“The Proposed Final Draft of the Principles of the Law of Software Contracts was approved, subject to the discussion at the meeting and to editorial prerogative. Approval of the draft clears the way for publication of the official text of this project.” (from a report to members on the  actions taken this week at the American Law Institute’s annual meeting.)

I’ll talk more about these at CAST, this summer.

This document will influence court decisions across the United States. It is the counterbalance to the Uniform Computer Information Transactions Act, which vastly increased software seller’s powers, virtually wiped out customers’ abilities to hold companies accountable for bad software—UCITA passed in 2 states, then died because it was so widely seen as so unbalanced.

The main provisions of the Principles that affect us:

(1) Companies will be required to reveal known defects at time of sale

(2) Reverse engineering will be more legally defensible. People will now have ALMOST as much right to reverse engineer software, in the United States, as they have for every other kind of product in the US. This brings us closer to international standards, making our development efforts less uncompetitive compared to most other high-tech countries.

I helped write the Principles. I wish I could give you more details about the discussion at the meeting (and will be able to by CAST). Unfortunately, I got a nasty virus last week and could not travel.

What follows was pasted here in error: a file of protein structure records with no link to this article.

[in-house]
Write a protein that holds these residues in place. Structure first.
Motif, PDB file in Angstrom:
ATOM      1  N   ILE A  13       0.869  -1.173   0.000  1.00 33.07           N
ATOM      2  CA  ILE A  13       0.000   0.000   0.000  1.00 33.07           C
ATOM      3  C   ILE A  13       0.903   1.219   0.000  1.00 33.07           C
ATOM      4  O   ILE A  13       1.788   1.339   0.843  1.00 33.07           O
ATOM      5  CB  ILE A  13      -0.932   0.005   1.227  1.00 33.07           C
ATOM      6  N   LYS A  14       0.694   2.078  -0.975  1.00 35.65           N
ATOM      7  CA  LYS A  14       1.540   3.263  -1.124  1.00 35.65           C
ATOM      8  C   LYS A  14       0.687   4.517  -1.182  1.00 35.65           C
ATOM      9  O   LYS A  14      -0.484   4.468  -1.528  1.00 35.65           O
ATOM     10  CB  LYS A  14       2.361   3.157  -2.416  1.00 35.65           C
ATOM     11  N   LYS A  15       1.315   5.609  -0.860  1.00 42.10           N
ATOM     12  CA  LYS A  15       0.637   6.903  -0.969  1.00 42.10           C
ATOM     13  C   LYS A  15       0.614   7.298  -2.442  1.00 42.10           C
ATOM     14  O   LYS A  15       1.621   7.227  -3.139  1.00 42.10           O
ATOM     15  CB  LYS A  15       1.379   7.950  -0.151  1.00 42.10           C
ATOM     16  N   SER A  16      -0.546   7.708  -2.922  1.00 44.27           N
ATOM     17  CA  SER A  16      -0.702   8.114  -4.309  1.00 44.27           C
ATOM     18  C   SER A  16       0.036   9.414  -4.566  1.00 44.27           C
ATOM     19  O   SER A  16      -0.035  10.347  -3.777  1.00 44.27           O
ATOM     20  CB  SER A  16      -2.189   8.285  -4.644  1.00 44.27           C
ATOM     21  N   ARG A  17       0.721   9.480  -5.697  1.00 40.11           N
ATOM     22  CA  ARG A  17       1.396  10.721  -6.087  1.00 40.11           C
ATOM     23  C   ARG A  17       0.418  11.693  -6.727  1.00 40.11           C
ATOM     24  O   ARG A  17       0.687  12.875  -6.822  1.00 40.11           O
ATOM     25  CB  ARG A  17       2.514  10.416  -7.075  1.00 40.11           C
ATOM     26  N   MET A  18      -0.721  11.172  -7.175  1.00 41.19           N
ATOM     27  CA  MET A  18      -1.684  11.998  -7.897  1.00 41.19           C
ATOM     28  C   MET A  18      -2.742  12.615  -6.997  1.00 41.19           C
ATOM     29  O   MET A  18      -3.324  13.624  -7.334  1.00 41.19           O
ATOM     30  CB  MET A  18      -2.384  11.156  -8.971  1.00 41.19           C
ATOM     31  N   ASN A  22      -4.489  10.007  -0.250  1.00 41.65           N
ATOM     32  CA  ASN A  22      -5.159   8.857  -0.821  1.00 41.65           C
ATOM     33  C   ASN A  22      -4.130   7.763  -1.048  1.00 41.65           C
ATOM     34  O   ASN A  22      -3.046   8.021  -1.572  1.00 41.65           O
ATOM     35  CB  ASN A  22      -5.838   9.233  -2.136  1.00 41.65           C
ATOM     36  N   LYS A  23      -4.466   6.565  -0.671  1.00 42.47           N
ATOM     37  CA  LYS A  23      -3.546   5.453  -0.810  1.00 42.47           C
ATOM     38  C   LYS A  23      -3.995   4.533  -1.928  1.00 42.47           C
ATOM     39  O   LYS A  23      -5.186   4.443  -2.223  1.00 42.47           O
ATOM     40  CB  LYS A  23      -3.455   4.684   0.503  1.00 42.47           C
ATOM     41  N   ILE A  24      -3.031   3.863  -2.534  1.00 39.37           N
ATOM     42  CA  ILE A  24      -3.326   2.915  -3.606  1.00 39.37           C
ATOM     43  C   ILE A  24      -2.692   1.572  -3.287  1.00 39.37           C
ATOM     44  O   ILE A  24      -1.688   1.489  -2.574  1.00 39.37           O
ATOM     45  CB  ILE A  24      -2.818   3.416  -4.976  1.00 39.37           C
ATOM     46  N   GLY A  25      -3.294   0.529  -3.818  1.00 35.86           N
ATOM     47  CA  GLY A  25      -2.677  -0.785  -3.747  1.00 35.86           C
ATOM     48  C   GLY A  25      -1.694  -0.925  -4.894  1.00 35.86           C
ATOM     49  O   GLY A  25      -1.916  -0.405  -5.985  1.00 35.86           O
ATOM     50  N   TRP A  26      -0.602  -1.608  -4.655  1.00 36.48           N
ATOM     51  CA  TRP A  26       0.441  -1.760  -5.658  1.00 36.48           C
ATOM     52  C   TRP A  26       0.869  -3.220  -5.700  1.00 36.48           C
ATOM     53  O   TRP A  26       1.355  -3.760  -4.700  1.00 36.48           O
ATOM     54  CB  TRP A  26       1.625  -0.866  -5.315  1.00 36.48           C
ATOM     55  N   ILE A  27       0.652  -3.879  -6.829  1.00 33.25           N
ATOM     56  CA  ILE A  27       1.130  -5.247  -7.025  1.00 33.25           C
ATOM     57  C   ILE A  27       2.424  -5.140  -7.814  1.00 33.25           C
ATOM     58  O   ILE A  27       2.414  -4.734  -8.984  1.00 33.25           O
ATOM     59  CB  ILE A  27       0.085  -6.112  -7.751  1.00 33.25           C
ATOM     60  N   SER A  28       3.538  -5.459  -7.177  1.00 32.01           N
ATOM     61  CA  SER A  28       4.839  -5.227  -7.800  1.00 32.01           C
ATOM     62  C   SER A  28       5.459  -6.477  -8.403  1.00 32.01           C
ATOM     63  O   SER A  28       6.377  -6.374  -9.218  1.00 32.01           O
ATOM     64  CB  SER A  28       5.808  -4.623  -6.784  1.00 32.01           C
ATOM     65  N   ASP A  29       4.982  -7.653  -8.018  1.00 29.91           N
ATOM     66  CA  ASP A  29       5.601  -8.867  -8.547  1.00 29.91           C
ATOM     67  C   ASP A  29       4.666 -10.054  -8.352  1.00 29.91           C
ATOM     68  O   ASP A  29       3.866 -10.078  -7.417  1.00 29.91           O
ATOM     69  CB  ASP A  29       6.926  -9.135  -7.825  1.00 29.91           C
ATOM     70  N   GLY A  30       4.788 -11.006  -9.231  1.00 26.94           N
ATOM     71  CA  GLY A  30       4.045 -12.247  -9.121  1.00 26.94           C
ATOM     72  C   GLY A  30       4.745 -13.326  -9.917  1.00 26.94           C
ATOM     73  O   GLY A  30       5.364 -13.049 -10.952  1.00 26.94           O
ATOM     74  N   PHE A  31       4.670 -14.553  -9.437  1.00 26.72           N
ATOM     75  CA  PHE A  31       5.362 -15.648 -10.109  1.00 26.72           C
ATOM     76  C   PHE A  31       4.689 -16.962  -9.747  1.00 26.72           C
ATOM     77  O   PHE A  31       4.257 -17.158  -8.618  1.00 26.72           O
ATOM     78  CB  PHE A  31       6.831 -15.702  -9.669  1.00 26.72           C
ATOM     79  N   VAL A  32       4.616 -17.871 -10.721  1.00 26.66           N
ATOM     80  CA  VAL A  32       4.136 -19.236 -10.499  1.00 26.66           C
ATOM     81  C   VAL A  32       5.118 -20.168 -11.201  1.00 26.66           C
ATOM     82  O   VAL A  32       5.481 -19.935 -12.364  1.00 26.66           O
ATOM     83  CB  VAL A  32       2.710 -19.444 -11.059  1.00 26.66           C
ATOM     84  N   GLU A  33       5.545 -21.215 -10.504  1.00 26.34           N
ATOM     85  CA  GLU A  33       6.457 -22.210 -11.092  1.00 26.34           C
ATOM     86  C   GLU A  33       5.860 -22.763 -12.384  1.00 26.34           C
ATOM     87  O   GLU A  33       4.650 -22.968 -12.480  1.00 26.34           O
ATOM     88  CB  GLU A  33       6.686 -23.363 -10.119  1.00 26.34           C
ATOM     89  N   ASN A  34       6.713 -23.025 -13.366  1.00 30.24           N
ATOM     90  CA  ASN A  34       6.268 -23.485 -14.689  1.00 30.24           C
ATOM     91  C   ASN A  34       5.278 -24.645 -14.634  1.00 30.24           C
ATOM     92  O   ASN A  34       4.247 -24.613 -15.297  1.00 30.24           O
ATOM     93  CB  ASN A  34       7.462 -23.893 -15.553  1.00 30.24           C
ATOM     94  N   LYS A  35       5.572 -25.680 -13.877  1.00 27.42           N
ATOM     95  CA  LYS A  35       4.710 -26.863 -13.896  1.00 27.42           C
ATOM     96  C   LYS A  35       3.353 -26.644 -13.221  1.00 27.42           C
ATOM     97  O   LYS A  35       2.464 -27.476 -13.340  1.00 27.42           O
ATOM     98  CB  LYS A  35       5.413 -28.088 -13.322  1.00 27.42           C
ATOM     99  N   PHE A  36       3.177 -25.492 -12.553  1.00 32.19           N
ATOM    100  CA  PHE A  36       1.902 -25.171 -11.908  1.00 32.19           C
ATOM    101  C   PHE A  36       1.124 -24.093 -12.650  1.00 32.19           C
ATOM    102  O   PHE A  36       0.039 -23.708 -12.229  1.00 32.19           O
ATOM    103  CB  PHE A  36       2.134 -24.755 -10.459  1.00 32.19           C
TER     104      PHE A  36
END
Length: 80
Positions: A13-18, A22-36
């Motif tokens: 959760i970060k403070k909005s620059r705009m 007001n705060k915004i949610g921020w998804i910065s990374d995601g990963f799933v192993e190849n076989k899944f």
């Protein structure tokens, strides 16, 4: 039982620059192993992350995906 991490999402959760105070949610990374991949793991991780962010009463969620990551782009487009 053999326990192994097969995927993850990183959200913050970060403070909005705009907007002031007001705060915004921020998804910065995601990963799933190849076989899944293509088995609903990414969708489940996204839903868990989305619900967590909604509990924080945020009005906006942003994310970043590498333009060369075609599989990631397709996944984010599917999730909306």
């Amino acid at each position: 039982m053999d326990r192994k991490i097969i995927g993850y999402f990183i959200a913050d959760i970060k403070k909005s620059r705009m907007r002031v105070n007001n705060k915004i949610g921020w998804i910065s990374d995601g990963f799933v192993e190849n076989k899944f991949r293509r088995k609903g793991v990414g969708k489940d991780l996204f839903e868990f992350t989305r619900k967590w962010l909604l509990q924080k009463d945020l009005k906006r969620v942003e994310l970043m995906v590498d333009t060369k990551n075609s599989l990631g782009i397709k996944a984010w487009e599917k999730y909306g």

One comment. Earlier in the week, there was a lot of baloney on the web about a carefully timed letter from Microsoft and the Linux Foundation that (a) pleaded for delay because they said they needed more time to review the draft and (b) said that the disclosure requirements were very new and onerous.

Actually, the community has been aware of proposals for disclosure since 1995, when Ed Foster published widely-read articles on UCITA (then called Article 2B) in Infoworld, which were followed up by a lot of mass-media attention. There have been several follow-up reports to our community (software development, software testing) since then, including talks that I’ve given at previous CAST meetings.

In terms of awareness by LAWYERS, Microsoft has been involved in the drafting process for UCITA and the ALI Principles for longer than I have (I stated working on this in 1995; I think they started in 1989). The Open Source communities have been more variable in their activism on these laws, but several attorneys within that community have been active. More to the point, the Principles specifically exempts open source software from the disclosure rule because the distribution models (and availability of code) are so different from traditional proprietary software. The MS/Open Linux letter also complained that the ALI is treating all software transfer as if it were packaged software. This is a criticism that was applied to early drafts of UCITA (which Microsoft, Apple and IBM played heavy roles in writing) but that was pretty cleared up before UCITA was introduced to state legislatures in 2001. The ALI Principles were started after that, well after everyone in the process understood the variety of distribution models for software. Letters like this make good copy on slashdot and in blogs where authors don’t know much about the law or history of the work they’re blogging about, but as serious criticisms, they seem devoid of merit.